Thursday, 23 June 2011
Jason wrote an excellent blog post back in May posing the question So What Happened To The UK Affiliate Bloggers?. In it he talks about the lack of fresh affiliate orientated content from some of the most prolific affiliate bloggers in the UK and beyond. My initial reaction was that affiliate bloggers have moved onto social media as an alternative. However, more recently I've been wondering where all affiliate marketers have gone, not just the bloggers.
My main tipple of choice is a glug of A4U every now and then. I use it substantially less now for a variety of reasons: lack of time; over-complex functionality; spam; lack of engaging discussions; etc. This isn't the fault of A4U but is simply a reflection of the changing times.
I'm busy here in Fiske towers and have been for some time. I wish I had an extra pair of hands to help but it's not viable at the moment so I make do. As such, time is precious and ebbs away very quickly indeed at the moment. We're half way through the year and a few days off the "6 months to Christmas" countdown so it doesn't look like it'll ease any time soon.
A4U has adapted over time to meet the need of the changing market. In trying to be more than a forum I believe the proposition has been slightly diluted from an affiliate perspective. I've rarely looked at News, The Pool, The Hub, Jobs and Events mainly as I get my fix of these through Twitter and RSS feeds.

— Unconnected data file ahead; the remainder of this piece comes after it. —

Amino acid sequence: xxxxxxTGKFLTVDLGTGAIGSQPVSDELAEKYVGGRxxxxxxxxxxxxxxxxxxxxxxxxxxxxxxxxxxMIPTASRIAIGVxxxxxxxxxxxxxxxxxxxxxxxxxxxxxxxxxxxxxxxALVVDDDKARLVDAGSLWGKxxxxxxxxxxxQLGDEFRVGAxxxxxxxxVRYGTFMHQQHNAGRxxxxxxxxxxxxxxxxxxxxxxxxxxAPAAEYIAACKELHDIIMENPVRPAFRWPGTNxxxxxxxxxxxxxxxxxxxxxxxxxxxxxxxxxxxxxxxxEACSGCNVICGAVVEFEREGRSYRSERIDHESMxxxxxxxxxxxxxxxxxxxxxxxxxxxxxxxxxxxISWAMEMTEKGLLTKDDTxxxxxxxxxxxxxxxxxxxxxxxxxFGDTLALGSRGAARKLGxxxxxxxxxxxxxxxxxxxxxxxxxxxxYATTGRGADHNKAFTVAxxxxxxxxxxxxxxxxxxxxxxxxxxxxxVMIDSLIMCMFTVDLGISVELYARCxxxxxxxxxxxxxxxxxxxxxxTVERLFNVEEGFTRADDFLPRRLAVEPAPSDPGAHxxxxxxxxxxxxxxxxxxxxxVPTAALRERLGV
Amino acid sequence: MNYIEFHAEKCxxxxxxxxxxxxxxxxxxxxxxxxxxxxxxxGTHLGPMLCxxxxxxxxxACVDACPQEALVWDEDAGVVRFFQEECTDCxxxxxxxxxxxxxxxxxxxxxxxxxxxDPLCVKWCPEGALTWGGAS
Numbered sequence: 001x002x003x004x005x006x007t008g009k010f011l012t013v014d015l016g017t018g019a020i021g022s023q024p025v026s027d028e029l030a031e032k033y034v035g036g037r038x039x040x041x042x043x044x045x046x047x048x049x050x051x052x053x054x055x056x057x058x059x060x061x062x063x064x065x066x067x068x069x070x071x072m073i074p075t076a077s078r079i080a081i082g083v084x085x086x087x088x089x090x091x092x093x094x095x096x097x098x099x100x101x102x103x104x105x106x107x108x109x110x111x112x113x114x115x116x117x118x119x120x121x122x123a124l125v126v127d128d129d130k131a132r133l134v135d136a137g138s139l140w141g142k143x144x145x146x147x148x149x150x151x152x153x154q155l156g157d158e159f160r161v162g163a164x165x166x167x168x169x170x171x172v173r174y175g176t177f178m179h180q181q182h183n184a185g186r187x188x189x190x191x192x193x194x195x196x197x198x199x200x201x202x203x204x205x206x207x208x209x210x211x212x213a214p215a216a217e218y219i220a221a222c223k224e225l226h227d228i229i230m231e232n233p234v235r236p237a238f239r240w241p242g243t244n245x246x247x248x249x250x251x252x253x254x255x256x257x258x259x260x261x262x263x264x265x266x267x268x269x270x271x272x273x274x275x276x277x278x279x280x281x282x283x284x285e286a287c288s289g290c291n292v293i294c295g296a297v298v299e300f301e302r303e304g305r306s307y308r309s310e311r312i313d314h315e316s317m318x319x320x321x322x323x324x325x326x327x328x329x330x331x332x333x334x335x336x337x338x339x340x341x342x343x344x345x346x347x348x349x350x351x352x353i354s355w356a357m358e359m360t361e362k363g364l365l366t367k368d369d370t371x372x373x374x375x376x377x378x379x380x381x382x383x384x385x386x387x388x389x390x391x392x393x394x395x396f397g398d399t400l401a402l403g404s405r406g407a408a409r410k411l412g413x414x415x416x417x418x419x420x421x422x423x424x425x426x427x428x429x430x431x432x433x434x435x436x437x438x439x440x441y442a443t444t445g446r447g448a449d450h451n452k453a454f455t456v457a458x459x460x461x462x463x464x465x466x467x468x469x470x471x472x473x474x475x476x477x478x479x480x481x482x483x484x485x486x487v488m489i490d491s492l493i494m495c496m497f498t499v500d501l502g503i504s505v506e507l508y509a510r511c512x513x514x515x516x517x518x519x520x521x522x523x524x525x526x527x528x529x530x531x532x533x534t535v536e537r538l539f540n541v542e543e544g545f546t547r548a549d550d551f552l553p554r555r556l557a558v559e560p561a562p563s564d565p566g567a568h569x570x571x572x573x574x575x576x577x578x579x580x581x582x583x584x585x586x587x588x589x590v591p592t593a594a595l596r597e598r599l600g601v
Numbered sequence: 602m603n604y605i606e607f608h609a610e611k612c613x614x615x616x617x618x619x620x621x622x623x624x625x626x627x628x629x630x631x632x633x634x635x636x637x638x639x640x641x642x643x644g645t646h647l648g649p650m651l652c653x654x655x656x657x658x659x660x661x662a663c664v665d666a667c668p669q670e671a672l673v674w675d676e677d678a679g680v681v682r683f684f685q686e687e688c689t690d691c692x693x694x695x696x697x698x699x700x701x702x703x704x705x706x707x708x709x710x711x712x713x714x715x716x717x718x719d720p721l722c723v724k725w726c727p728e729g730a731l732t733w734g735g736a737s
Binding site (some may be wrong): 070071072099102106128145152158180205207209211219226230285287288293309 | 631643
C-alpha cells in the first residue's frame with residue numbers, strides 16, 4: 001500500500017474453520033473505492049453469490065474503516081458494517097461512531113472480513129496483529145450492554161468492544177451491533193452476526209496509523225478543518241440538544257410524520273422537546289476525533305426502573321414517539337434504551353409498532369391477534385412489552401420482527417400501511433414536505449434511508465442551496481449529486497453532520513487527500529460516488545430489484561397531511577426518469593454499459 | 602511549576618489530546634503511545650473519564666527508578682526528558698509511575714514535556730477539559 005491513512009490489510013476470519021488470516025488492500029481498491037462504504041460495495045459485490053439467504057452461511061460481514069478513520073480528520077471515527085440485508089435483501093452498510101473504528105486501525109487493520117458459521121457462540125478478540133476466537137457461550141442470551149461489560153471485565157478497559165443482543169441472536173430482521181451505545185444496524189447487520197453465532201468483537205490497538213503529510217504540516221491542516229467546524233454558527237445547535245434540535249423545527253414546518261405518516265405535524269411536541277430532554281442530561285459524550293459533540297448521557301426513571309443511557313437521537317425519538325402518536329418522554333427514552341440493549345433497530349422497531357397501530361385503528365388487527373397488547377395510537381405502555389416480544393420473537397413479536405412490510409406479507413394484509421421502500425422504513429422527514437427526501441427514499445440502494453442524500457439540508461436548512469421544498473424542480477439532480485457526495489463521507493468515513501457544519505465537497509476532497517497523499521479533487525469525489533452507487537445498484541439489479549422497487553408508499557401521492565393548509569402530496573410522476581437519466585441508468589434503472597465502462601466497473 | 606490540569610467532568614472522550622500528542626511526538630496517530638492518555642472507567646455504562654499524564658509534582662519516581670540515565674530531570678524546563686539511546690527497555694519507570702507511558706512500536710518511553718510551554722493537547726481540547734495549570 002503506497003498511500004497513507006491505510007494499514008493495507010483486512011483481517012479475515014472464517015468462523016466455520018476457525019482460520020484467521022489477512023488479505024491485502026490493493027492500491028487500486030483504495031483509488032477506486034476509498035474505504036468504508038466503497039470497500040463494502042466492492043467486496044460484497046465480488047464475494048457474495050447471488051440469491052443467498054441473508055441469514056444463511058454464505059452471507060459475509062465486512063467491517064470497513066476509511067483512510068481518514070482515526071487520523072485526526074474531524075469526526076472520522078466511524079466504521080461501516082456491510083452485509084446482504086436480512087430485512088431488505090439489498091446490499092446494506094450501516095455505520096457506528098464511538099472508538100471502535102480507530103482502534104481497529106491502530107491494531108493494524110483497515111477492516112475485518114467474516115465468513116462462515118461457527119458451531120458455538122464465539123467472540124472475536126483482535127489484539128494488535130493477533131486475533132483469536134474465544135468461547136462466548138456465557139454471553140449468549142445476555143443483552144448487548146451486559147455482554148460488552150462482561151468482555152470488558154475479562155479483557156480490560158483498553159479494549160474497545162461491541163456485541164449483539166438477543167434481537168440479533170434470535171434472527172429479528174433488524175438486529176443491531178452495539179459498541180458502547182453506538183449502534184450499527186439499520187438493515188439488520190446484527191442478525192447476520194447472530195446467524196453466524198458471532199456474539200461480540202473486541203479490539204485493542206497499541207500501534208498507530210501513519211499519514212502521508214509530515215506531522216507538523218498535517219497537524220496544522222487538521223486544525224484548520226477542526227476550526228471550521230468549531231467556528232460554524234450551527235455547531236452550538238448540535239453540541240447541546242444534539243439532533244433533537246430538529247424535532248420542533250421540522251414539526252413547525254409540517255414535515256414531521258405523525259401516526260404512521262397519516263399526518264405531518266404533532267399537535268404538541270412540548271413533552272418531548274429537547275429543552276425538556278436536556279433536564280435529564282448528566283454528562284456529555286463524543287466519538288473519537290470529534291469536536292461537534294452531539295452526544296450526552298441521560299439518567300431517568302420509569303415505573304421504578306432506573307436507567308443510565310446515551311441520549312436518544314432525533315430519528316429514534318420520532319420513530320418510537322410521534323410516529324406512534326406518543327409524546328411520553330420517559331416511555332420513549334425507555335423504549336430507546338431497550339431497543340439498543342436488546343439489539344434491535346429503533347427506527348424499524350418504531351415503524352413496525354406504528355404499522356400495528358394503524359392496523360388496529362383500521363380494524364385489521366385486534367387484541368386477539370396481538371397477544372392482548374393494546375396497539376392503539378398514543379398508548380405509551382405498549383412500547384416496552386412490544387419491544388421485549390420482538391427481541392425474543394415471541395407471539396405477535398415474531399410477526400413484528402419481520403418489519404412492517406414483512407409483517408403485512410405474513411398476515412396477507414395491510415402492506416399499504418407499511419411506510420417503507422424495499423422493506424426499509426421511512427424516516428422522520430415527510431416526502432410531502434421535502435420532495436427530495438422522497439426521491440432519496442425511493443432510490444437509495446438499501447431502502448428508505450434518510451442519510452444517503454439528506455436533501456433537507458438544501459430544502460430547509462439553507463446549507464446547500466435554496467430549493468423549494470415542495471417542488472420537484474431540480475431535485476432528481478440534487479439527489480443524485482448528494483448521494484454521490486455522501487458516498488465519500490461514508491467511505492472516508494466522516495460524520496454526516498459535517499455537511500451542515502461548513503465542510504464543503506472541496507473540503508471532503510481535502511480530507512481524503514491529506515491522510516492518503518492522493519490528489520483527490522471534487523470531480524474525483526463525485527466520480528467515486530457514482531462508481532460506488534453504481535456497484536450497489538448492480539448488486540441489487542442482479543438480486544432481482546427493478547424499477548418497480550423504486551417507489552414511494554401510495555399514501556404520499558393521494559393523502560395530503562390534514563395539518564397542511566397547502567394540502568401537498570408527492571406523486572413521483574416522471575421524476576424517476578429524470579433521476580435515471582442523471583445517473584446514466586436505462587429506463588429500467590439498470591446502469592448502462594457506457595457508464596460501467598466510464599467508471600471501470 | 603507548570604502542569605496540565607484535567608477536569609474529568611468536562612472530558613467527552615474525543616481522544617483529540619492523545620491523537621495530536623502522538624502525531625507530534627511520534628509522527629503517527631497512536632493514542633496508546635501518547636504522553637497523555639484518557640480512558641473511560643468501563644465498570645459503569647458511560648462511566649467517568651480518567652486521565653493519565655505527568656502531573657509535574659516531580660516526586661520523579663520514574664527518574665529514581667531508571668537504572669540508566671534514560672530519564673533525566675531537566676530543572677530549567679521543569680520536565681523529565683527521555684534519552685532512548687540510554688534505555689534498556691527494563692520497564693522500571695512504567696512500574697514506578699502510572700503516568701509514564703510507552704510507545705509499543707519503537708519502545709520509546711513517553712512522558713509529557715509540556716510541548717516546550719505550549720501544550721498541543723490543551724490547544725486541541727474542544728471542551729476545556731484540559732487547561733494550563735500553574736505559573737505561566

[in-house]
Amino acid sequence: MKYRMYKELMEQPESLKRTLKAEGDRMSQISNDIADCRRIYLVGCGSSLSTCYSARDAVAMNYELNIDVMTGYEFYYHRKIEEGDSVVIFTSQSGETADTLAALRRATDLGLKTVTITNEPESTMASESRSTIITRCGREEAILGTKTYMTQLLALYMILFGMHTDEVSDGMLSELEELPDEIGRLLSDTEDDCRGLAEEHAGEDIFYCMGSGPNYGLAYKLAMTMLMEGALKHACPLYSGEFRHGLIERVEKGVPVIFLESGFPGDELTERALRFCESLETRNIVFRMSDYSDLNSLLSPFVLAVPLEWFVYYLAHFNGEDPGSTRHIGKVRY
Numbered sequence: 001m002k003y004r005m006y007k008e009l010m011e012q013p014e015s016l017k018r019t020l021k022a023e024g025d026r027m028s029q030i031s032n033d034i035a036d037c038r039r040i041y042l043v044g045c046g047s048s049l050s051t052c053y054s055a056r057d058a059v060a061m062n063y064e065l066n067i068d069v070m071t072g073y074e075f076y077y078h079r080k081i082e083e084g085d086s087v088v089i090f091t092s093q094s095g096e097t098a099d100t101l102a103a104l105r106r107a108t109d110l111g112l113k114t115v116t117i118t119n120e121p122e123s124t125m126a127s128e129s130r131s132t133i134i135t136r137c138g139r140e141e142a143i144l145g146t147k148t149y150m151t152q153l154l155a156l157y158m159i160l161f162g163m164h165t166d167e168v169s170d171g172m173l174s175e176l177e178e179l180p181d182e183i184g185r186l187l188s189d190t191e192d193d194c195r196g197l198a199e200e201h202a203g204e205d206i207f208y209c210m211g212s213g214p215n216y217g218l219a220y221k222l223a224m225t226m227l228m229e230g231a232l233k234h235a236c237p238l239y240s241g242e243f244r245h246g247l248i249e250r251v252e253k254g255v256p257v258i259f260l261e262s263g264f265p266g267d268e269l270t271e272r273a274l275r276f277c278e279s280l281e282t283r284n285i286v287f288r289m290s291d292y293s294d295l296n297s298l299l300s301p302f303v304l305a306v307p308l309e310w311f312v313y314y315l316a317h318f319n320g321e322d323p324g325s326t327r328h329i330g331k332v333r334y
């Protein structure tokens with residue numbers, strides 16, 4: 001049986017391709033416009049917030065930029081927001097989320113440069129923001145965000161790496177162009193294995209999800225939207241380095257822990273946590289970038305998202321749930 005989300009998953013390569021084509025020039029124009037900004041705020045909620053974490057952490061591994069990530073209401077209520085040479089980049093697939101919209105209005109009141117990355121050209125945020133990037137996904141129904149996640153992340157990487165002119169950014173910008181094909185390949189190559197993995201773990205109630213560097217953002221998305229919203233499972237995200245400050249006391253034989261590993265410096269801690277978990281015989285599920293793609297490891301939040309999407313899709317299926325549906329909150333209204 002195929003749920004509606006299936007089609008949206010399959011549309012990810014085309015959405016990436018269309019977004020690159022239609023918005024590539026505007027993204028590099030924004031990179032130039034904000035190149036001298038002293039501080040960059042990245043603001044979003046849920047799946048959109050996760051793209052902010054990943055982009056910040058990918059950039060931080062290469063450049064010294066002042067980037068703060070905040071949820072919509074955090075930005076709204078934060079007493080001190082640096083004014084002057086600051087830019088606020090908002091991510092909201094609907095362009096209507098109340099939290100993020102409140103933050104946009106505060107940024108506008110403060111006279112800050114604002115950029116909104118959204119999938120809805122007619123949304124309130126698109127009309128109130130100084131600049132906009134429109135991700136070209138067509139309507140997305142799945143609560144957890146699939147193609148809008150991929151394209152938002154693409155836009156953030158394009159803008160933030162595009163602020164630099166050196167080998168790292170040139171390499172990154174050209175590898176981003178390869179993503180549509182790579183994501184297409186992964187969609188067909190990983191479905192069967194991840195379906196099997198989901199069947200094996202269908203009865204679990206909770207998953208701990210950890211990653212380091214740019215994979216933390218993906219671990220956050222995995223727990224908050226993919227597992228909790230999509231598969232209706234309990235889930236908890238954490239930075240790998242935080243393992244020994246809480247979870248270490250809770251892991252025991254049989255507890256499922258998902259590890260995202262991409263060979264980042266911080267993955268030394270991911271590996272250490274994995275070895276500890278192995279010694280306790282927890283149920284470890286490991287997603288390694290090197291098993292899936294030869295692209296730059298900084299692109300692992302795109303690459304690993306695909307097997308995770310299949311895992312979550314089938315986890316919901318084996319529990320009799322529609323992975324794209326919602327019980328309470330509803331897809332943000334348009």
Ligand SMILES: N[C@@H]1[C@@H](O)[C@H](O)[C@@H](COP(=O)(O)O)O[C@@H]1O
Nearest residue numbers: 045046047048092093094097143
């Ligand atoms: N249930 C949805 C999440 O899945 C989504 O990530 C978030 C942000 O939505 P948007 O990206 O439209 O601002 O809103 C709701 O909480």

Spam is a big problem in my opinion and is more a sign of success than weakness in my opinion. In relation to reading and commenting, I must spend a good 10% of my activity (at least) reporting spam. Other spam comes in the form of a string of identical posts from merchants promoting themselves in several threads. This has got better in recent times but the solution of having on thread a day for network launches, movements and closures means a lot of stuff I'm interested in is buried away. It's a fine line between duplicate content and usefulness and I reckon there's still scope. It would be much easier if merchants chose a single network to work with ;-)
In terms of the lack of engaging discussion, this is probably the most prominent area of concern. Whilst reading a thread yesterday cdr268 had suggested A4U was re-branded Merchants4U due to the ratio of merchants to affiliates on the board. I remember not so long ago a healthy buzz around the forum. Prominent affiliates offered help and advice and fresh blood and less successful affiliates were engaged in conversations. All was well.